AT&T (NYSE:T) is a favorite among income investors looking for attractive dividend yields. However, long-term investors are better served with well-rounded dividend stocks that offer high dividend growth in addition to yield. Below, three Motley Fool contributors explain why Procter & Gamble (NYSE:PG), Frontier Communications (NASDAQ:FTR), and Hasbro (NASDAQ:HAS) are three stocks with better dividends than the telecom giant today.
Tamara Walsh (Procter & Gamble): With a dividend yield north of 5 %, AT&T seems like an obvious choice for income investors. However, the telecom giant's dividend lacks the critical component of growth that makes owning dividend stocks for many years so rewarding. AT&T's dividend has increased just 11.9% over the past five years, compared to more than a 33% spike in Procter & Gamble's dividend over the same period.
Dividend growth is important because it proves the company is well positioned financially and willing to put its shareholders first. For that reason, I'd rather own shares of Procter & Gamble today versus AT&T because it offers a reliable dividend with the added bonus of continuously rising payouts.
In fact, the consumer goods conglomerate has paid a dividend for the past 124 years without fail. Yet, perhaps more impressive, P&G has increased that dividend for 58 consecutive years at a compounded rate of more than 9% a year . The company increased its dividend 7% to $2.45 per share in fiscal 2014, and returned a whopping $6.9 billion in dividend payments to shareholders during that period .
P&G is in the process of selling some of its under performing brands. However, this shouldn't hurt the company's future cash generation because P&G's core brands (the ones it's keeping) currently account for about 90% of its revenue . Ultimately, it should make Procter & Gamble a more nimble and stronger competitor in the global consumer products space going forward.
Bob Ciura (Frontier Communications): AT&T is a highly regarded stock for its hefty dividend yield, but I think there is a better option for income investors in the telecommunications industry. Smaller telecom Frontier Communications may be a superior dividend stock because of its significantly higher dividend yield, as well as its higher dividend growth in the past year. Frontier's dividend clocks in at a 5.8% yield, better than AT&T's 5.5% yield. Plus, Frontier raised its dividend by 5% in December, while AT&T passed through just a 2% bump last year.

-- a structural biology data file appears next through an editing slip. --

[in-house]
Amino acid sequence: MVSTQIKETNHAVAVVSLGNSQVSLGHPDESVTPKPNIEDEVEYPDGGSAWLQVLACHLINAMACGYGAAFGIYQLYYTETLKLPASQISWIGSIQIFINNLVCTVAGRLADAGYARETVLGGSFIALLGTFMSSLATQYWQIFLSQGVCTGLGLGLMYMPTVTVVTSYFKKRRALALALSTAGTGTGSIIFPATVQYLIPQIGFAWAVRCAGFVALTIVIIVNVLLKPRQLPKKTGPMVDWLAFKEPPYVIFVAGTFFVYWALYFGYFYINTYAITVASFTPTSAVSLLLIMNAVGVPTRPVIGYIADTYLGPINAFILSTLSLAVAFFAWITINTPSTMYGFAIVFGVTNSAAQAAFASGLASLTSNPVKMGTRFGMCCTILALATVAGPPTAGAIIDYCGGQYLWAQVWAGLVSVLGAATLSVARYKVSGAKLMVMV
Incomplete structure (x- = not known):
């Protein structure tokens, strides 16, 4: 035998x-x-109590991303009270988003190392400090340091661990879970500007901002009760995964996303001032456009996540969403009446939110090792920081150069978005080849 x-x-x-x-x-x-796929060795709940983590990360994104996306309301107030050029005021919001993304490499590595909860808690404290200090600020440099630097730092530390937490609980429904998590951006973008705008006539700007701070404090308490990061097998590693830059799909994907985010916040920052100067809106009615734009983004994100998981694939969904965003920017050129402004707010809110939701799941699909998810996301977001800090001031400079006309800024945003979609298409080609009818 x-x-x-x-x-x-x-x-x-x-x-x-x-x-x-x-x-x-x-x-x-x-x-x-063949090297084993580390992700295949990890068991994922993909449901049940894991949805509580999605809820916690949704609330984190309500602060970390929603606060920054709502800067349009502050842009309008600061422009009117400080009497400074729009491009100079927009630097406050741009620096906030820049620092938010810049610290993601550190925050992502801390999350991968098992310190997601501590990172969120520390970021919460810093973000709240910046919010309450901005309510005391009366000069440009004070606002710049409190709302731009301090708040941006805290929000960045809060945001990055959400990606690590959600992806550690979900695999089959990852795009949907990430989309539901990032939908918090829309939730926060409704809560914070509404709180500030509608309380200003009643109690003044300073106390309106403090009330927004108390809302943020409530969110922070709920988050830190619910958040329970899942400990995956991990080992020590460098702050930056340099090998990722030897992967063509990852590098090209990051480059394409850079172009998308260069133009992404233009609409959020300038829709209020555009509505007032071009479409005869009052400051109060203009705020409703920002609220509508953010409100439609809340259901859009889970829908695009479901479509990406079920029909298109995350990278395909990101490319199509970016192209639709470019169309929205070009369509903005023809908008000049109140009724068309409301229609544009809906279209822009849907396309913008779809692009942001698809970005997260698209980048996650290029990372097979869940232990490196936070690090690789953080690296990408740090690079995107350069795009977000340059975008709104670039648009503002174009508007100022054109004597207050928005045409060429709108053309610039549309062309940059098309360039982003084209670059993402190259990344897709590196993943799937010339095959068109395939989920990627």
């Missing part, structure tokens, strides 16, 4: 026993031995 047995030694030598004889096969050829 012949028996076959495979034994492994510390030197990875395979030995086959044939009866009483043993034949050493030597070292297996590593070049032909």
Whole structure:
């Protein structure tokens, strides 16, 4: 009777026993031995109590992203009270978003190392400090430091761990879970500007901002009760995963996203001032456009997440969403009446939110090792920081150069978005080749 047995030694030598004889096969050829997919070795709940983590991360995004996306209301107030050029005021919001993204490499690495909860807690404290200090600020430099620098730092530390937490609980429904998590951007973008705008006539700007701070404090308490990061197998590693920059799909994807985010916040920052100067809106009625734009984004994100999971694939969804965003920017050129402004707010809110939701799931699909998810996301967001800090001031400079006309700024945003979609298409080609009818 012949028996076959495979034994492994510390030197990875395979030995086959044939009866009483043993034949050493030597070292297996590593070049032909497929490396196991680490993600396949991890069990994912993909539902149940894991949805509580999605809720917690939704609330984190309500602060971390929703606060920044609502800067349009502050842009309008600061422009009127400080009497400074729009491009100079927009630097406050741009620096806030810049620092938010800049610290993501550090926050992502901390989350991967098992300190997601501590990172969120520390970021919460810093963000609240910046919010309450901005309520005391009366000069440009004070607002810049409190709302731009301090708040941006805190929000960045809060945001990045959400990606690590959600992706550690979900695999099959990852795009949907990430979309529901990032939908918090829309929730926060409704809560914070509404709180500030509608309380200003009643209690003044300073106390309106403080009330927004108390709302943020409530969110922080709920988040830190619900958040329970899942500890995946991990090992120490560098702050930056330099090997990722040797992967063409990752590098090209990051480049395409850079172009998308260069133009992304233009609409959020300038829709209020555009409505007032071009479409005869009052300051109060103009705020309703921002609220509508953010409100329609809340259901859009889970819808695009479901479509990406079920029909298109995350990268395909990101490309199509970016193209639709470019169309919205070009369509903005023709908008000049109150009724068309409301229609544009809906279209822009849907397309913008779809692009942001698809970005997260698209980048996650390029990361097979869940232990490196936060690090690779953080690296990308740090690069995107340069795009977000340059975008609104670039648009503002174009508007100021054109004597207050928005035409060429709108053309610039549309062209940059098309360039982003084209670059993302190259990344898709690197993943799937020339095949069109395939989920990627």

Frontier focuses on wireline communications, but is slowly turning around its business model. Last quarter, Frontier grew revenue from combined business and residential customers sequentially. One of Frontier's strategies is to focus on its key markets and customers, namely small and mid-size cities. It acquires regional assets on the cheap and then reaps significant synergies, such as its $2 billion acquisition of telecom assets in Connecticut from AT&T last year. As soon as the transaction closed, Frontier realized $150 million in annualized cost savings. Frontier is also seeing growth in broadband. Through the first three quarters of 2014, Frontier added 189,000 broadband customers. This was 11% growth year over year. Frontier's residential share grew in 81% of its markets in this time .
Frontier isn't likely to be a growth stock, because its core focus is lower-growth businesses. But it offers value and a very high dividend. And, Frontier generated enough cash flow to even provide a dividend increase last year. For its higher yield and higher dividend growth, Frontier may be a better dividend stock to buy.
Anders Bylund (Hasbro): You have to respect Ma Bell's generous 5.6% dividend yield. Very few stocks can match that payout, and it's all backed by AT&T's massive cash flows. Unfortunately, AT&T's hefty dividend is married to a very disappointing stock.
AT&T shares have gone absolutely nowhere since the network was named as the exclusive launch partner for the first Apple (NASDAQ:AAPL) iPhone. The dividend represents the only positive returns for AT&T shareholders over the last eight years. Over the same period, toy and media veteran Hasbro took a generous dividend, paired it with market-beating stock returns by nearly doubling in value, and presented a far stronger value overall:
And if you isolate the dividend from the total returns, Hasbro has treated its shareholders to an average dividend boost of 17% a year along the way. Meanwhile, AT&T raised its dividends by just 3.6% a year over the same eight-year span. Remember, we're talking about the golden age of smartphones and connected tablets here, versus a boring portfolio of children's toy brands like My Little Pony and Transformers.
I'll take the unexciting but rock-solid toy maker any day over AT&T's inflexible and ultimately disappointing approach. If AT&T can't outgrow Hasbro's dividends in this era, which seems cherry-picked in Ma Bell's favor, I don't think it will ever happen. That's bad news for AT&T's dividend investors, and a great reason to prefer Hasbro for your long-term income portfolio.
Anders Bylund has no position in any stocks mentioned. Bob Ciura owns shares of Apple. Tamara Rutter owns shares of Apple. The Motley Fool recommends Apple, Hasbro, and Procter & Gamble. The Motley Fool owns shares of Apple and Hasbro. Try any of our Foolish newsletter services free for 30 days. We Fools may not all hold the same opinions, but we all believe that considering a diverse range of insights makes us better investors. The Motley Fool has a disclosure policy.
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